I'm ready. For exactly what, I'm not sure. All I know is, I'm clearing away a lot of the painful past once and for all. All those years I've spent running and I seem to have stopped.

A lot of this is, strangely enough, due to this blog. Maybe blogging has taught me how to write? No. Blogging taught me ... who I was? I don't know yet. But it's done something magical.

Thank you, Computer. You'll never know exactly how much you've helped me.

::

"The ways in which a person's online persona contradicts or reinforces their offline existence is presumably destined to become an entirely new field in psychology." - Catherine Bray

"Cyberspace may even be an altered state of consciousness, a dream-like world, that addresses a basic human need to experience oneself and reality from a different perspective. It is psychological space that becomes an extension of one's conscious and unconscious mind ... we could even imagine the global network that comprises the whole internet as larger transcending mind or "self." Which reflects the evolution of human consciousness."
- The Psychology of Cyberspace by John Suler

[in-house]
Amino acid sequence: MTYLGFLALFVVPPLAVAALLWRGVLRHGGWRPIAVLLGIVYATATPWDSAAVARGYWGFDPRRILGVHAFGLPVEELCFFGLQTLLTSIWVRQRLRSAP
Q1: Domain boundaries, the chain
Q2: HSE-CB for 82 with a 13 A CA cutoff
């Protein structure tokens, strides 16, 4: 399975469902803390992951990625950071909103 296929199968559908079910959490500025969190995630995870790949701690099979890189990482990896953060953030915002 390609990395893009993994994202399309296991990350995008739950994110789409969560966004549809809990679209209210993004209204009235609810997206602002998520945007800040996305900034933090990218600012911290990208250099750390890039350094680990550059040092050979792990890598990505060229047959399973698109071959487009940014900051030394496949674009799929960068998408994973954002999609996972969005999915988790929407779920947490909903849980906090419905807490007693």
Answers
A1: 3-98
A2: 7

Autumn Leaves. Winter Arrives.



Brace yourself baby ... it's gonna be a cold one.

Thank goodness for snuggies, thermal underwear, ugg boots, slankets, and beanies. And hot water bottles. And cuddly stinky boys - we have *plenty* of those.

Thursday, 26 May 2011

Do it. Be it.


Ever since my horrible lost weekend last February, I have aquired the expensive habit of buying greeting cards ... for myself. To help me through life, because life is incredibly hard and dangerous and DUMB.

We need all the help we can get, right?

I saw this one and my heart sighed. BRING ON THE FRESH HORSES!

We are all our own protagonists, having our own journeys. It never stops.

Be the hero of your own life. And when it gets tricky and too hard (oh it will, constantly) ... call on some fresh horses.

To keep you going.

Keep going.

Wednesday, 25 May 2011

Oh Nicky you're so pretty.


It's only fair that the children of bloggers get to reap some bloggy benefits. This morning, Rocco rolled over and poked me with his finger to wake me up. In my bed, where he always runs to in the middle of the night. My love-seeking missile. We drove down to Sydney to see Mickey and Minnie Mouse, at a launch for the new Disney Junior channel.